Amazon news: Public library integration for Kindle and eBook rental rumor


Amazon announced last week it was launching a program with 11,000 public libraries where Kindle owners can borrow electronic books--just as they can physical books--to read on the Kindle. 

In addition, several publications reported a rumor that Amazon was working on a new eBook rental service that would work in a similar fashion to a Netflix subscription for videos. Users would pay a monthly fee and can read all the books they want.

First of all, the library program gives Kindle customers the ability to borrow books from their local library and have access to all of the Kindle features such as margin notes and highlighting. As Jay Marine, director at Kindle points out, this will be a huge boon to students who can borrow books and mark them up, then return them and maintain control of their markup.

"We're even doing a little extra here--normally, making margin notes in library books is a big no-no. But we're fixing this by extending our Whispersync technology to library books, so your notes, highlights and bookmarks are always backed up and available the next time you check out the book or if you decide to buy the book," he said.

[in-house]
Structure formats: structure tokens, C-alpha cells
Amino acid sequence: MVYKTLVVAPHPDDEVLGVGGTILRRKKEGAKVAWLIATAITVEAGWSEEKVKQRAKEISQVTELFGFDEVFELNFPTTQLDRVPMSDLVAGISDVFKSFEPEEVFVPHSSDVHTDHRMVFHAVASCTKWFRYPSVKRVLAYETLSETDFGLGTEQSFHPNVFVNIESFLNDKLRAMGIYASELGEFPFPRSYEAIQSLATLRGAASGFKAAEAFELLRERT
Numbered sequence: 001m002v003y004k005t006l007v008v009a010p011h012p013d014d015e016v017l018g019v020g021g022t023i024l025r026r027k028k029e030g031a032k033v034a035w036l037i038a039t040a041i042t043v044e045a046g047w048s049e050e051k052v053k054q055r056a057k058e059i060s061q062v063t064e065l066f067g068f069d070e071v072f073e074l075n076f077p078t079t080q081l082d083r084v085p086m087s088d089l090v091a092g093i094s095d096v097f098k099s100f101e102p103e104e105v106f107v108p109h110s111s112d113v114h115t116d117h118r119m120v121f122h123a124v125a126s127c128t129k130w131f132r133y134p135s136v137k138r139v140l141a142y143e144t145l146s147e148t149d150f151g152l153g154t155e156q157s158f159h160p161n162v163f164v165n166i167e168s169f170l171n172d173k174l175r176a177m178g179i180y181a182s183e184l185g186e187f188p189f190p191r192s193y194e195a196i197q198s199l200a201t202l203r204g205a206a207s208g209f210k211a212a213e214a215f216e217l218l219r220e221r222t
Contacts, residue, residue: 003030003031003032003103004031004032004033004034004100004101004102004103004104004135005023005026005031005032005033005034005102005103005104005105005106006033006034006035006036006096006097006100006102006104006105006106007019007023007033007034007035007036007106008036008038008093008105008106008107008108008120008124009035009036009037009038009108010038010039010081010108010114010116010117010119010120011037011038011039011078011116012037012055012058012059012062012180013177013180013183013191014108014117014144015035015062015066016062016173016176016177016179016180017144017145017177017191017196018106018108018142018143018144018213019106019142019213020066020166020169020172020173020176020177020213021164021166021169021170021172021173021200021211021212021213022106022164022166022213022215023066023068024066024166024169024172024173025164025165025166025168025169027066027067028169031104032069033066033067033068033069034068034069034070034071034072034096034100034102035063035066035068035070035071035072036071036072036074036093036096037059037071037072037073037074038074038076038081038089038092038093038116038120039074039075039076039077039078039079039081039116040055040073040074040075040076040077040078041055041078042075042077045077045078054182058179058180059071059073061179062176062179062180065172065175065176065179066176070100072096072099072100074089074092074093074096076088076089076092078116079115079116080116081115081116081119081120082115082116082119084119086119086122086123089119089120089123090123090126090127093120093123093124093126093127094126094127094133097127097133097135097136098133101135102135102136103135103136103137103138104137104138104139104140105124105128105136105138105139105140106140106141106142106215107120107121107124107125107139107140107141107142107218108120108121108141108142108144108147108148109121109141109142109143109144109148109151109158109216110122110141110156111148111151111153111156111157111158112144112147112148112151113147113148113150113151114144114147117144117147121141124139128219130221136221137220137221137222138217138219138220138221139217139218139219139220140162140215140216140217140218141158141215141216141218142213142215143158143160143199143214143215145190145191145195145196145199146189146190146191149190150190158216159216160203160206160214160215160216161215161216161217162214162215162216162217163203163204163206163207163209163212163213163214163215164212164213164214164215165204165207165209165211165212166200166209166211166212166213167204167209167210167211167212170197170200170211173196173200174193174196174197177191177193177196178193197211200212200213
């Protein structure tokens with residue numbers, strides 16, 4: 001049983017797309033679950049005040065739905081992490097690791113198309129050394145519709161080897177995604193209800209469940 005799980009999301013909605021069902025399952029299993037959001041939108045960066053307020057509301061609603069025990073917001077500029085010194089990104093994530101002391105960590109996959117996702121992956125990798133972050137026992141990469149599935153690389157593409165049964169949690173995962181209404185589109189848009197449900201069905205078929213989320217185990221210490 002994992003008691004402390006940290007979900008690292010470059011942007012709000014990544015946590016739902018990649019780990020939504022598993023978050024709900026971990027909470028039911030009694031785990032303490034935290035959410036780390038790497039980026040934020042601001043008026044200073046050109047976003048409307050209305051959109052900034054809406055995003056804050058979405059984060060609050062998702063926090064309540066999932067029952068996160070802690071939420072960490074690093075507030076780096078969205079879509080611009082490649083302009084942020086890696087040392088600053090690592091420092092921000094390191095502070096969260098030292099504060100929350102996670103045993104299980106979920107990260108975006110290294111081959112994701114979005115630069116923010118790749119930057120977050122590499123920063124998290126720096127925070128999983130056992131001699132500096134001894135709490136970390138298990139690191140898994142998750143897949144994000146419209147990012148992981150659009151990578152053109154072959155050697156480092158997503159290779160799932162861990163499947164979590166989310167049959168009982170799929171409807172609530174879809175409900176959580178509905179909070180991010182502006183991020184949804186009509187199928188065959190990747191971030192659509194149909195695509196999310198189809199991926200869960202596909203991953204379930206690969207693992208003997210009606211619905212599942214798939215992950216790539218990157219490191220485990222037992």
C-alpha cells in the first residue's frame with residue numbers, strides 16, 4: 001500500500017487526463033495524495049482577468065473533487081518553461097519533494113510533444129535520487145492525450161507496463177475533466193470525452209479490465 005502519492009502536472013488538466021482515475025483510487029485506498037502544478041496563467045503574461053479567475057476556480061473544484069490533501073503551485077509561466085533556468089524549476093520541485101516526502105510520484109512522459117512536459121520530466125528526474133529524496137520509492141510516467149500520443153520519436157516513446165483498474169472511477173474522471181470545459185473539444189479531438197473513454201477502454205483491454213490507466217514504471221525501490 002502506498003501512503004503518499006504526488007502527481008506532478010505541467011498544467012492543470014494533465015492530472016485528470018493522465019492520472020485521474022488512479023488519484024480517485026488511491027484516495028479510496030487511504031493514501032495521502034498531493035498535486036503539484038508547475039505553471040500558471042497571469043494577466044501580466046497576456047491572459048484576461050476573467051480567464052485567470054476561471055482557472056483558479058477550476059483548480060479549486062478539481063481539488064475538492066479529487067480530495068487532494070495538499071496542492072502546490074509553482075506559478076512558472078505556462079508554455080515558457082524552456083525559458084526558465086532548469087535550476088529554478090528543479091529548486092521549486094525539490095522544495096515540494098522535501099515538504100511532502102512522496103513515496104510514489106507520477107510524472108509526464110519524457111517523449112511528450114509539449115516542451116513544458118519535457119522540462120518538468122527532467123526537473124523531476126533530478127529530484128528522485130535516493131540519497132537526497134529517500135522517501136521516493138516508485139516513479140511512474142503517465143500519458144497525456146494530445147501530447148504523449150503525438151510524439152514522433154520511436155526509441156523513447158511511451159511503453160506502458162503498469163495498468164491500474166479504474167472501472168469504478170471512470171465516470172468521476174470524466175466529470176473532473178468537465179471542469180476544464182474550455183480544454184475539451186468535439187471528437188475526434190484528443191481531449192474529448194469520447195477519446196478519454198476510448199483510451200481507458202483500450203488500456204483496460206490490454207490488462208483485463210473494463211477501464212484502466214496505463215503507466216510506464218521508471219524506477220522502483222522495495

And this feature is available on Kindle Apps for Android and iOS, not just for Kindle device owners.

As for the rumor, The eBook Reader blog reports that a member of the Mobile Read forum uncovered a clue in the Amazon source code about a possible eBook rental system that would enable Kindle owners to pay a fee and access an unlimited number of books each month. 

Jeff Rutherford, a PR professional who owns his own eBook publishing company, Delabarre Publishing, worries that such a service would cut out small publishers like his company.

Writing on Google+, Rutherford had this to say: "I have to see how this will work for small publishers. I'm leery. Will Amazon pay you a ratio of how often your eBooks are purchased compared to larger NYC publishers? If so, I'll only make pennies, if that from this--as a publisher. Or, they may just leave independent publishers out of this service all together--which certainly puts us on a very uneven playing field."

Regardless, it's just a rumor for now based on reading source code as evidence, but a rental program for a single monthly fee would make a lot of sense for a service like Amazon to provide for its eBook reading customers--and it's certainly something worth watching.

For more information:
- see the Amazon press release regarding local library support
- see The eBook Reader blog post regarding the rental rumor

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